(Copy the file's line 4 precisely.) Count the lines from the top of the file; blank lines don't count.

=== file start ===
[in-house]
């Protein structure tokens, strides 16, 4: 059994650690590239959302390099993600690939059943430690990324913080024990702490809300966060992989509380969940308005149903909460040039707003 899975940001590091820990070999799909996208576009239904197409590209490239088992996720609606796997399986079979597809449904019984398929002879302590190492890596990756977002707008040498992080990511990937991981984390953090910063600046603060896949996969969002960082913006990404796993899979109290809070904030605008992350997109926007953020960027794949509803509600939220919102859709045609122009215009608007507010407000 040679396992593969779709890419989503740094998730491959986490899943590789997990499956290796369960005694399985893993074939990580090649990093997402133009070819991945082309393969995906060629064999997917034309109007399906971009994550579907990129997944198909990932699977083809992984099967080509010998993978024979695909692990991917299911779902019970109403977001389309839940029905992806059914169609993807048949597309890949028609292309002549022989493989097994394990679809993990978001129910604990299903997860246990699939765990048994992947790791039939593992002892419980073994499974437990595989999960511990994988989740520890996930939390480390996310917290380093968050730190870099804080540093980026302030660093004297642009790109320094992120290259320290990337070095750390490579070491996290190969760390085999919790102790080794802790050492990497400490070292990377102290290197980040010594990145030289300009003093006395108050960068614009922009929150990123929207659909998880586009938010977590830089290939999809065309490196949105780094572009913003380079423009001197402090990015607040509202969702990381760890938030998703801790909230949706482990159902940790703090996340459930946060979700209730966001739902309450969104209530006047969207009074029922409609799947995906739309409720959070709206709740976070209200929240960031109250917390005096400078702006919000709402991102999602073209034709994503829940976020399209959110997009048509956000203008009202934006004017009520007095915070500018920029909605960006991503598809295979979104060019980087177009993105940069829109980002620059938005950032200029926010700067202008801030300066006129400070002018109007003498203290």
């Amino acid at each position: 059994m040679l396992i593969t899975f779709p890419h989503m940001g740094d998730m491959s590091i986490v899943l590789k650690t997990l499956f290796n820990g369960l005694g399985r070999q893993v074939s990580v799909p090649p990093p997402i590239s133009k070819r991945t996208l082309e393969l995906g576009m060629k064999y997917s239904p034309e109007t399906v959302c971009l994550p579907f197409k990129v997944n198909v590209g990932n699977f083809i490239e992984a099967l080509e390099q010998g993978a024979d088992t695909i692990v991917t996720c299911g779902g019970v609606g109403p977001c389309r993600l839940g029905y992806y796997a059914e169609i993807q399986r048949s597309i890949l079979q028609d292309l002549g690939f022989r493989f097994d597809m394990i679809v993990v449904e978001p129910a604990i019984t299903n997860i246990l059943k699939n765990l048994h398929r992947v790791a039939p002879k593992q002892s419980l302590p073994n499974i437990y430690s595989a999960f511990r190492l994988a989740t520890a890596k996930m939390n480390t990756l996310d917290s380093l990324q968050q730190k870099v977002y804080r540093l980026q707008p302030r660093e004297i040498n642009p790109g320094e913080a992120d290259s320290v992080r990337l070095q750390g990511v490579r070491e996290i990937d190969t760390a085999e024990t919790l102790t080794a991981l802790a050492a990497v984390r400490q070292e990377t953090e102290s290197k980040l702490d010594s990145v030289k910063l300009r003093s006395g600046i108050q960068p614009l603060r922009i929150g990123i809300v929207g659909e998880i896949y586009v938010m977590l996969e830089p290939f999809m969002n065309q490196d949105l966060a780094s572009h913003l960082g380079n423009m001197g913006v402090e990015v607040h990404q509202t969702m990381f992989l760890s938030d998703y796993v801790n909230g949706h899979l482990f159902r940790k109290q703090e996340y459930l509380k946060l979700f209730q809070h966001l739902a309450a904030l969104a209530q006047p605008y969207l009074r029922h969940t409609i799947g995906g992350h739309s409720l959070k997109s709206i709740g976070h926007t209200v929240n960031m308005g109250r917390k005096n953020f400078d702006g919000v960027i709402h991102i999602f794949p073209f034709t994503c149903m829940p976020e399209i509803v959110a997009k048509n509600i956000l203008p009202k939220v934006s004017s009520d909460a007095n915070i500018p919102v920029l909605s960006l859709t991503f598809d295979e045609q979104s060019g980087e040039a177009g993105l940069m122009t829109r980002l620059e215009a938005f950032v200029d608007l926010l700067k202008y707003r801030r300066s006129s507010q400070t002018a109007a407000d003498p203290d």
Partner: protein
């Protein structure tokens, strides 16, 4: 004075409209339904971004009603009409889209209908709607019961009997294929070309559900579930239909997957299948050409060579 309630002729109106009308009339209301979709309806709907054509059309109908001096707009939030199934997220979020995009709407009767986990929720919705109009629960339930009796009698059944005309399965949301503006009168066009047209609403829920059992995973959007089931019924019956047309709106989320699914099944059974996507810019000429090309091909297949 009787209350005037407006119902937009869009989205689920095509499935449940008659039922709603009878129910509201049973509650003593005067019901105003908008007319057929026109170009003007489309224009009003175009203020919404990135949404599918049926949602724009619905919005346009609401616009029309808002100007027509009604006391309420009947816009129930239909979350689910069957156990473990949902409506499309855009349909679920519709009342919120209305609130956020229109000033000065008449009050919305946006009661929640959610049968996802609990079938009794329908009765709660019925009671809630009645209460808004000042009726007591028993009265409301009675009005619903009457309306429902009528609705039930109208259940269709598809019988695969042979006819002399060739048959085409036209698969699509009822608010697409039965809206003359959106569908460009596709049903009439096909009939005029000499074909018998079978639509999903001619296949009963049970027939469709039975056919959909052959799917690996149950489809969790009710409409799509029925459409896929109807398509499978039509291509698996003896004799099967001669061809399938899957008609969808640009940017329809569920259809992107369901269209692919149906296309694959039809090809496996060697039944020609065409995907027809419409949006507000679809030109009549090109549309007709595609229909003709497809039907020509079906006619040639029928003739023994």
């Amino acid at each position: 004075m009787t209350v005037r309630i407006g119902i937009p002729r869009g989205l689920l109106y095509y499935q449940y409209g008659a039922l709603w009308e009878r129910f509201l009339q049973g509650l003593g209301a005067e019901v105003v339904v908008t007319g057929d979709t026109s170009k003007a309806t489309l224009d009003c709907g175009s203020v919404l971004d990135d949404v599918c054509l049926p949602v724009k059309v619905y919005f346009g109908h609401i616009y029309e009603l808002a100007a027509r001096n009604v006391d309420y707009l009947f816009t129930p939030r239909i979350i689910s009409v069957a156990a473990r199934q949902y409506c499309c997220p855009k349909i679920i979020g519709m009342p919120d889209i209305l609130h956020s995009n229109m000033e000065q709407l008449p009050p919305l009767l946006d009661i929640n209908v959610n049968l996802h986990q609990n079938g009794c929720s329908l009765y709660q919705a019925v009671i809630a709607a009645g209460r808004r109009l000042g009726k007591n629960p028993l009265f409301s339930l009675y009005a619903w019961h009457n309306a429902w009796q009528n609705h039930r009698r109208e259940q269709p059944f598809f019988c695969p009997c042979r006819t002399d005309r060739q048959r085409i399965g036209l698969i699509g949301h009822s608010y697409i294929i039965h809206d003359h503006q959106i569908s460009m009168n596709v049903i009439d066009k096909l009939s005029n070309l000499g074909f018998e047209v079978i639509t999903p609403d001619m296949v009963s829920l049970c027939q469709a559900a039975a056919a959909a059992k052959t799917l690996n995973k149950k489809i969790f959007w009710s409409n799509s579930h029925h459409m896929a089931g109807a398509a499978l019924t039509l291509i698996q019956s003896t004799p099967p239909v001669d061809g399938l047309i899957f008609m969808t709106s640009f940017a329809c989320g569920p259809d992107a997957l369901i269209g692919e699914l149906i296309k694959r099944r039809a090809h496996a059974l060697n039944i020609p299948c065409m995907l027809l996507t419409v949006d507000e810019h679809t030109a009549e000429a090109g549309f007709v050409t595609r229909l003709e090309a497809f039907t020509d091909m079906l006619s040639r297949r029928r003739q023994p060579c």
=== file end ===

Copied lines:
Partner: protein